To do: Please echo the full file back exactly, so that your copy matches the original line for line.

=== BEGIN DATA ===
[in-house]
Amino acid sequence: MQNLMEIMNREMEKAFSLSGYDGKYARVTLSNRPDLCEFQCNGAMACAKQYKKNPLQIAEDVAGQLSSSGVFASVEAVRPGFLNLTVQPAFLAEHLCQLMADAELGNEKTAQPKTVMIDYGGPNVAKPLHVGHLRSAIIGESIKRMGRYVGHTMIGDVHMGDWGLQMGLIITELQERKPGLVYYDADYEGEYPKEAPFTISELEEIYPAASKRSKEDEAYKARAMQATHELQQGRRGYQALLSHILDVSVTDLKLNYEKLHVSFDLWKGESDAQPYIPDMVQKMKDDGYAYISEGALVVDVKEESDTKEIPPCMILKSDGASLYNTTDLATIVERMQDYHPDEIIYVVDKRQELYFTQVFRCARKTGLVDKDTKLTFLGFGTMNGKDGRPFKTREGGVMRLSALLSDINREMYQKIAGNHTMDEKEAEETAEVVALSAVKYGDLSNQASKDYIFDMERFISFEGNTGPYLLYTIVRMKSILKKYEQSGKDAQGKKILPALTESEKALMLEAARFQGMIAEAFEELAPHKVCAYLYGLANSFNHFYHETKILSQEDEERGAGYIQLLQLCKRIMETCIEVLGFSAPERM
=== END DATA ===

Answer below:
[in-house]
Amino acid sequence: MQNLMEIMNREMEKAFSLSGYDGKYARVTLSNRPDLCEFQCNGAMACAKQYKKNPLQIAEDVAGQLSSSGVFASVEAVRPGFLNLTVQPAFLAEHLCQLMADAELGNEKTAQPKTVMIDYGGPNVAKPLHVGHLRSAIIGESIKRMGRYVGHTMIGDVHMGDWGLQMGLIITELQERKPGLVYYDADYEGEYPKEAPFTISELEEIYPAASKRSKEDEAYKARAMQATHELQQGRRGYQALLSHILDVSVTDLKLNYEKLHVSFDLWKGESDAQPYIPDMVQKMKDDGYAYISEGALVVDVKEESDTKEIPPCMILKSDGASLYNTTDLATIVERMQDYHPDEIIYVVDKRQELYFTQVFRCARKTGLVDKDTKLTFLGFGTMNGKDGRPFKTREGGVMRLSALLSDINREMYQKIAGNHTMDEKEAEETAEVVALSAVKYGDLSNQASKDYIFDMERFISFEGNTGPYLLYTIVRMKSILKKYEQSGKDAQGKKILPALTESEKALMLEAARFQGMIAEAFEELAPHKVCAYLYGLANSFNHFYHETKILSQEDEERGAGYIQLLQLCKRIMETCIEVLGFSAPERM